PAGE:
Although, statistically, commercial truck drivers are more careful than average drivers of passenger vehicles, a truck accident is generally more serious than one that does not involve these large, heavy vehicles. Indeed, the requirements for a commercial driver to get behind the wheel are more stringent than for a regular driver’s license. The commercial driver’s license (CDL) test itself is more complex, a driver must pass a physical exam with specific requirements, a driver must be at least 21 years old, and the person must speak and understand conversational English. Notwithstanding, the cargo being carried by a semi-truck involved in the wreck (which can include flammable or hazardous materials) enhances the danger.
When large tractor-trailers weighing 10,000 lbs. or greater crashes into a pedestrian or another vehicle, a trucking accident has occurred. The U.S. Department of Transportation (DOT) reports that approximately 500,000 trucking accidents occur annually. About one percent, or 5,000, of these semi-truck wrecks are fatal; one out of eight traffic deaths was the result of a truck accident.
Common Offenses Involving Regulations
Failure to comply with the rules and regulations set forth by the Federal Motor Carrier Safety Administration (FMCSA) may be evidence of negligence after a crash involving a semi-truck. Truck drivers – as well as the company employing the driver – may be held liable if negligence contributed to the crash. Some examples of negligence include driver error as well as failure to correctly or regularly maintain the truck, its parts or systems. The top five violations of FMCSA regulations include:
- Driver log is not current or is nonexistent: Every driver who operates a commercial truck is mandated by federal law to record his or her duty status for each 24-hour period. Trucking companies are required to ensure their employees comply with this rule. An incomplete, inaccurate or falsified log may hide violations;
- Failure to comply with hours of service rules: The FMCSA’s regulations limit the number of consecutive hours a driver may work. Generally, the rules prohibit driving beyond the 14-hour duty period (which may include non-driving work) and no more than 11 hours within the duty period. The purpose behind this rule is to reduce the possibility of driver fatigue and, consequently, the potential for wrecks. Driver fatigue is often cited as the number one cause of a commercial truck driving accident;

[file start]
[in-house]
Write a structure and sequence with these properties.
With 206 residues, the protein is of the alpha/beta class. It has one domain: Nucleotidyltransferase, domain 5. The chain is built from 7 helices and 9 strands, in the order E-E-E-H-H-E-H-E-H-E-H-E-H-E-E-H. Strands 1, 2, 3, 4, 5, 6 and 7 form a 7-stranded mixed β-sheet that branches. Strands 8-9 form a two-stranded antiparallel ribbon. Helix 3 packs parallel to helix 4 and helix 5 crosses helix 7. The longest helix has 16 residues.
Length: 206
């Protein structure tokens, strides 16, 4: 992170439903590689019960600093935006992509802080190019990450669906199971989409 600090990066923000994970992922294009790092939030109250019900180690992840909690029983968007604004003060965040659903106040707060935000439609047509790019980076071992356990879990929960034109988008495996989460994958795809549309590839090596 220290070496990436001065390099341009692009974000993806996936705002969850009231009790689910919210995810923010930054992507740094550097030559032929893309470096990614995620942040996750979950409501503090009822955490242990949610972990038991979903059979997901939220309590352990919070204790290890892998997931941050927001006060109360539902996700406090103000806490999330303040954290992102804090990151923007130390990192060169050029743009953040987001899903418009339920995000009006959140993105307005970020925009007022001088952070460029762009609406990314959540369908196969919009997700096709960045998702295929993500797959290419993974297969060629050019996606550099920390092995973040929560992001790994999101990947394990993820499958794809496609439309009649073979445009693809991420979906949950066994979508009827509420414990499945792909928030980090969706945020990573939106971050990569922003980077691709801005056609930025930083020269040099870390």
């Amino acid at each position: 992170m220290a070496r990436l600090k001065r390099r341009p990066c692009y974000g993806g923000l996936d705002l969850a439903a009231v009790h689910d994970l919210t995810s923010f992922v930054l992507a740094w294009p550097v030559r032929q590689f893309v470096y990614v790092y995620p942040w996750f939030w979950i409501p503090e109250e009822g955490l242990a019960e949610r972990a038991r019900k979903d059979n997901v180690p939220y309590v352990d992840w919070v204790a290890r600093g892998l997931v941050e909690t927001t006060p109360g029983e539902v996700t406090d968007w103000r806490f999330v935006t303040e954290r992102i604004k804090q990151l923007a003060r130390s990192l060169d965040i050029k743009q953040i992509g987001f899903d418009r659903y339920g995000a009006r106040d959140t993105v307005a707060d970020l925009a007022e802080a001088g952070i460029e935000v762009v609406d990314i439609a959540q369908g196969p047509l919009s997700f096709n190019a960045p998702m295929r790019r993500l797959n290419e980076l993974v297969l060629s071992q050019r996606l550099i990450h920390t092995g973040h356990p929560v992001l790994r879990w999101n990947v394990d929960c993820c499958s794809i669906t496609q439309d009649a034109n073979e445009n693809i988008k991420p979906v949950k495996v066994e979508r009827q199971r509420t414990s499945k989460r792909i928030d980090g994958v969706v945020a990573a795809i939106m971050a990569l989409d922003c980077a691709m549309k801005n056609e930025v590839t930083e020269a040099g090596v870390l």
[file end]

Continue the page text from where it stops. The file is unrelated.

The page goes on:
- Non-English-speaking commercial driver: All commercial drivers must read and speak English well enough to converse with the public, understand general highway traffic signs, respond to inquiries from officers, and make entries on reports and records. It is not uncommon for trucking companies to violate this rule;
- Not following general safety requirements: FMCSA regulations specifically mandate that every commercial truck driver must operate the vehicle according to the laws, ordinances, and regulations of the jurisdiction in which it is being operated. This includes wearing a safety belt and adhering to speed limits, among other rules; and
- Improperly maintaining the commercial vehicle: The FMCSA has specific requirements for brake adjustments, lamps and reflective devices, tire tread depth, oil and/or grease leaks, and other vehicle defects that must be addressed in order to safely operate the vehicle.
Texas Commercial Truck Wreck Lawyer
If you or a loved one has been injured – or someone has died – in a Texas commercial truck-related accident, contact a New Braunfels truck accident lawyer today to have an advocate on your side fighting for your legal rights to compensation. You deserve someone who will fight hard to obtain the justice you deserve. The Bettersworth Law Firm has recovered millions of dollars on behalf of clients. Let us assist you in your case.